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Instructor Class Description

Time Schedule:

Matthias Scheiblehner
CHID 498
Seattle Campus

Special Colloquia

Each colloquium examines a different subject or problem from a comparative framework. A list of topics is available from the CHID office.

Class description

This seminar style course will explore the work of Alain Badiou, one of the most innovative philosophers working today. Central to Badiou’s work is the question of how something new comes into the world, the question of how real political change is realized. This question has led Badiou to develop a critique of post-structuralism based on its failure to provide an account of the ethical that includes the possibility of meaningful political engagement. Badiou’s own understanding of ethics rests on his account of a “truth event” as an event that relates the individual to a community (i.e. a situation) as an agent of political transformation. Thus, while post-structuralism grapples endlessly with the question of if, and to what extent, agency can be attributed to the subject, Badiou neatly escapes this philosophical, ethical and political quagmire by attributing subjectivity to the agent; by arguing that it is not agency that is founded on identity, but identity that is founded on agency. As such, Badiou’s work constitutes, what Terry Eagleton has called, “a timely assault on the post-structuralist fetishism of ‘subject-positions.’”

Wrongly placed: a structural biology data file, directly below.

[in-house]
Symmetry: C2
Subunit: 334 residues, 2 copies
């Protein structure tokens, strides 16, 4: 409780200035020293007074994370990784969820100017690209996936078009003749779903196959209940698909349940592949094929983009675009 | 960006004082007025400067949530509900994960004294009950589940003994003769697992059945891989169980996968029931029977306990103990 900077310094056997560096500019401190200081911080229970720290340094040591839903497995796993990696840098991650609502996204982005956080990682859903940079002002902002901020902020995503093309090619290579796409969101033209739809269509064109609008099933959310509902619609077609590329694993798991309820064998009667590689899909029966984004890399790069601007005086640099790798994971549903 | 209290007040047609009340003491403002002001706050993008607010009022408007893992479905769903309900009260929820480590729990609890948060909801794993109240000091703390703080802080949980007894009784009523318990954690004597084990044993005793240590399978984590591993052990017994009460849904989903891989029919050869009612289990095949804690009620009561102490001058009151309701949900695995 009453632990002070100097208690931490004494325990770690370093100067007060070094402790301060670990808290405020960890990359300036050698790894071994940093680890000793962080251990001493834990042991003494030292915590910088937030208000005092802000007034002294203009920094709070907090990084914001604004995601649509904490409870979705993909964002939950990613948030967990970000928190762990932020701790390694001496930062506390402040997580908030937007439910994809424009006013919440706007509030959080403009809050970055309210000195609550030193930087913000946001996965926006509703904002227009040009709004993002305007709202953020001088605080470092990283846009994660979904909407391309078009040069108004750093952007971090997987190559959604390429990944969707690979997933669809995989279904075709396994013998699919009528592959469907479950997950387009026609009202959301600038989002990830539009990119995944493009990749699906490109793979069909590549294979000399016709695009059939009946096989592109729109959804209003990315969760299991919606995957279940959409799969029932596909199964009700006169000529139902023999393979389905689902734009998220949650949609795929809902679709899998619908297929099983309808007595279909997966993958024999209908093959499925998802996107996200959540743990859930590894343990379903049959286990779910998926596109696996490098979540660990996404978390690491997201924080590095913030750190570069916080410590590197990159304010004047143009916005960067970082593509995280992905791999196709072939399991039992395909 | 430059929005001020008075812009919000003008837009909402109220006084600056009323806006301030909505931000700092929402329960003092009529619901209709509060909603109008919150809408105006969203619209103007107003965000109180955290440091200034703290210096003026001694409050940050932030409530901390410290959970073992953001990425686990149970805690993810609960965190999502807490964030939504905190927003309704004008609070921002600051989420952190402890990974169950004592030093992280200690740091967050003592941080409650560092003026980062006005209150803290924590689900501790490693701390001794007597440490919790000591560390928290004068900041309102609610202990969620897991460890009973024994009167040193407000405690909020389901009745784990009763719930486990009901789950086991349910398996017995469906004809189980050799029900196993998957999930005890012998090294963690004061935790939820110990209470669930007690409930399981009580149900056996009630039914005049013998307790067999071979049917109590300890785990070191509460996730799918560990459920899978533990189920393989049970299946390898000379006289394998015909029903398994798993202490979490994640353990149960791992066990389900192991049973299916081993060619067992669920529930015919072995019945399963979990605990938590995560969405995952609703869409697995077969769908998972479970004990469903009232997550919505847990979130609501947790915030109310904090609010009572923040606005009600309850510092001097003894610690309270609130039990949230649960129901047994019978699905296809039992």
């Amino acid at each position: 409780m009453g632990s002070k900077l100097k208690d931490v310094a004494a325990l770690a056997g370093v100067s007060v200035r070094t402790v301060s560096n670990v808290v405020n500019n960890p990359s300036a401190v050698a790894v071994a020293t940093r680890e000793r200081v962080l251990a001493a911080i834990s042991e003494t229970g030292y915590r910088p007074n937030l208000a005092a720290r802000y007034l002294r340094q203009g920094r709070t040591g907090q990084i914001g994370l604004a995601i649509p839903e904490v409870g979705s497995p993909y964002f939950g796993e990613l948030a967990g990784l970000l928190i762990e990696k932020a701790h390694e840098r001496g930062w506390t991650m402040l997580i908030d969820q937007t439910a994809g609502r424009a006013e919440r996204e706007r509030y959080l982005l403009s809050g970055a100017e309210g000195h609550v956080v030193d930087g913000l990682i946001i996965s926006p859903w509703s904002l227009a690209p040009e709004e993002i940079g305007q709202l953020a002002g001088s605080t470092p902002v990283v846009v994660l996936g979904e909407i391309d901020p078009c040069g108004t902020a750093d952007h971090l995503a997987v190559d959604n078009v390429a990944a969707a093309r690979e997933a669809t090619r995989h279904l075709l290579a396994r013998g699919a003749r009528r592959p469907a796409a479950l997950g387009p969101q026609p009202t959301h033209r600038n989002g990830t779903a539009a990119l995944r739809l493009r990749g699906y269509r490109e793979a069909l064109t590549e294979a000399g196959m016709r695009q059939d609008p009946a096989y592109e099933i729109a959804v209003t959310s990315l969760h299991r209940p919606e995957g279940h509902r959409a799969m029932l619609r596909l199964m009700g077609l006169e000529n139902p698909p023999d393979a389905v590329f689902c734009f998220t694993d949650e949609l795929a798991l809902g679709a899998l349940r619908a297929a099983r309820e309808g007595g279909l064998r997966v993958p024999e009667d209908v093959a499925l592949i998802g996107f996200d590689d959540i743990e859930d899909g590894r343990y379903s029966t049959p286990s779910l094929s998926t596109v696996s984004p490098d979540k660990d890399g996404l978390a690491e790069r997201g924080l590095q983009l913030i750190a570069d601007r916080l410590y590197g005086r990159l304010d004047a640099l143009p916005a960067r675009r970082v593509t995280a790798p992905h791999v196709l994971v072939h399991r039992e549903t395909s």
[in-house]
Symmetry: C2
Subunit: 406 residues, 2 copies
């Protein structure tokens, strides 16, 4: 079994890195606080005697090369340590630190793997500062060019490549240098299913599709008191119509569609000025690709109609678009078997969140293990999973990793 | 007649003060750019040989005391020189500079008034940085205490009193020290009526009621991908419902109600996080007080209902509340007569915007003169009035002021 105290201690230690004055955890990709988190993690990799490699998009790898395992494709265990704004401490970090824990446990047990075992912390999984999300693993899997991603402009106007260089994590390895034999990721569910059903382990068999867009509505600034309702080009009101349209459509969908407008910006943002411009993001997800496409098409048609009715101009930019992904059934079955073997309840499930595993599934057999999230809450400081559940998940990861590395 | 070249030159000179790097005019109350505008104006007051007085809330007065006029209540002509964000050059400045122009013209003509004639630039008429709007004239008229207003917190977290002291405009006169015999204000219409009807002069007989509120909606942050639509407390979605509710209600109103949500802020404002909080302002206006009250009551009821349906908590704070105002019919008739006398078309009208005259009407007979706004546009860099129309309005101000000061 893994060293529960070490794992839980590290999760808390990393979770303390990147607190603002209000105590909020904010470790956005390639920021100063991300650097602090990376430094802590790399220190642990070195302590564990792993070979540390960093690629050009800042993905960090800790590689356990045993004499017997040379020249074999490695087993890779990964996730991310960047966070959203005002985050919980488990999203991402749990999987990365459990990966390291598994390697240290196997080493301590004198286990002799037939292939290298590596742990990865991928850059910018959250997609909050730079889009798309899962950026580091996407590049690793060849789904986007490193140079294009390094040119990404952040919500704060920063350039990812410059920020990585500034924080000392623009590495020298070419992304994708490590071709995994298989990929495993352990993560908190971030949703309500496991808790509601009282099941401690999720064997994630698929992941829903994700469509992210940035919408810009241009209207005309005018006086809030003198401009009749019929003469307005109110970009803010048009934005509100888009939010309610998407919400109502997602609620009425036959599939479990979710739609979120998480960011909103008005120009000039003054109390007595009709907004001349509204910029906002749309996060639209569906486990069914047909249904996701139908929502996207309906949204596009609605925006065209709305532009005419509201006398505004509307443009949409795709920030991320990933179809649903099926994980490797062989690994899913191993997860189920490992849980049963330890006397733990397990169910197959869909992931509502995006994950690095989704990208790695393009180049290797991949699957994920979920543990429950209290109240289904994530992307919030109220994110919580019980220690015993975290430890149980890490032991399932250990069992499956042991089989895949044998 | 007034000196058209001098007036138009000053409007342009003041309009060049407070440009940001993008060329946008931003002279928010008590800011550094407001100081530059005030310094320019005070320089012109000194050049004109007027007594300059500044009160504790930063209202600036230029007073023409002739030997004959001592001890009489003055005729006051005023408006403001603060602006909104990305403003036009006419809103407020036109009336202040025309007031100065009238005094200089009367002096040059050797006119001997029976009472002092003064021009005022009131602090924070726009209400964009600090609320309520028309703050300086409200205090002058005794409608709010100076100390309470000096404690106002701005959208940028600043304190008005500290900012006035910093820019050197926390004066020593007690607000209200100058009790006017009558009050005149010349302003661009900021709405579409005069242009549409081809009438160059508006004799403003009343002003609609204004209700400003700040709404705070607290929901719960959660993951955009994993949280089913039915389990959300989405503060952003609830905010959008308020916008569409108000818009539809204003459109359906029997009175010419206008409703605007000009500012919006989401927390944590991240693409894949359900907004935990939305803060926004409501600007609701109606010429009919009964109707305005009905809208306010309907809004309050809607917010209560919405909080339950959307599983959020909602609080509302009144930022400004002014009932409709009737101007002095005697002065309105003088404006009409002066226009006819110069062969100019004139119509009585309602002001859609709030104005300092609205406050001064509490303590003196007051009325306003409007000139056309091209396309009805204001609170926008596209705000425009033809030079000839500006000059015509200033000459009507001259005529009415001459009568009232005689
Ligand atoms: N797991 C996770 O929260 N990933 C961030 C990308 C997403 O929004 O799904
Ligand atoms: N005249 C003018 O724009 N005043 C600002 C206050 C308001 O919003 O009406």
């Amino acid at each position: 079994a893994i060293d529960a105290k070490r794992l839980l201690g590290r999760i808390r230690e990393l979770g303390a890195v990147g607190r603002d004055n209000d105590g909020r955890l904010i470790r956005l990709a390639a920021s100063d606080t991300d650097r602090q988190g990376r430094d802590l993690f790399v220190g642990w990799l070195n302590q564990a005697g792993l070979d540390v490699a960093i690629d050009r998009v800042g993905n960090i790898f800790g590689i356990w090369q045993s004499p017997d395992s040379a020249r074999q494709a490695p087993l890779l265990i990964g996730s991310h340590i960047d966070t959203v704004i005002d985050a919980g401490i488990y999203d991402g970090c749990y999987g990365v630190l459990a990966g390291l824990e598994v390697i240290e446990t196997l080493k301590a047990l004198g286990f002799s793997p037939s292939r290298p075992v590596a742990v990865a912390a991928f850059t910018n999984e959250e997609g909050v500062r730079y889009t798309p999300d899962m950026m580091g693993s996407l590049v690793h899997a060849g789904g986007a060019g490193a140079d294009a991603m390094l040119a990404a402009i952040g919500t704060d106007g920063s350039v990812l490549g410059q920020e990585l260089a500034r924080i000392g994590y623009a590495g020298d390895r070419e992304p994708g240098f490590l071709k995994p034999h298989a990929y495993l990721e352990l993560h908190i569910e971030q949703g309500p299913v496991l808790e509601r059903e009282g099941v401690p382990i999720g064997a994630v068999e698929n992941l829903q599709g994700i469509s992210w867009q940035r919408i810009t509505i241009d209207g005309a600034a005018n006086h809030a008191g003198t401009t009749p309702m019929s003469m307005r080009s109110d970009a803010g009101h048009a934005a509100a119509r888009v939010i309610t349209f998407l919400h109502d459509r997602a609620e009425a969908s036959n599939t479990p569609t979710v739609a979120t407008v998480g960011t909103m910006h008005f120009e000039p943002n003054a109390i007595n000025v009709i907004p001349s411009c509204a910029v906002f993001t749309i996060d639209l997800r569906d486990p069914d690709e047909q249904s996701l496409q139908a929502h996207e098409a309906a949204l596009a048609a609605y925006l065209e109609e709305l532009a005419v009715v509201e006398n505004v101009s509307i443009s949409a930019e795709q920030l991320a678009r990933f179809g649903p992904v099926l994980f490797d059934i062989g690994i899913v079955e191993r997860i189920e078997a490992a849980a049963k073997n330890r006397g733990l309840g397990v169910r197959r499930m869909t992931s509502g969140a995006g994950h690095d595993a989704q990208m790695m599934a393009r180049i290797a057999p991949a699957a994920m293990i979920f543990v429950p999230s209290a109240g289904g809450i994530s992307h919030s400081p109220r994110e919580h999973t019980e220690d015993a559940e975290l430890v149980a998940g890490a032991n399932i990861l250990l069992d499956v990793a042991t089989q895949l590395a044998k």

Course Goal: The goal of this course is to introduce students to the philosophy of Alain Badiou, provide an opportunity for students to develop their own ideas on what constitutes agency and prepare students for Badiou’s visit to the University of Washington in February 2006.

Reading: In addition to looking at Badiou’s writing we will read selections from a number of thinkers who have influenced Badiou.

Work: Students will write one long paper and facilitate one discussion session.

Student learning goals

General method of instruction

Recommended preparation

Class assignments and grading


The information above is intended to be helpful in choosing courses. Because the instructor may further develop his/her plans for this course, its characteristics are subject to change without notice. In most cases, the official course syllabus will be distributed on the first day of class.
Last Update by Matthias Scheiblehner
Date: 05/22/2005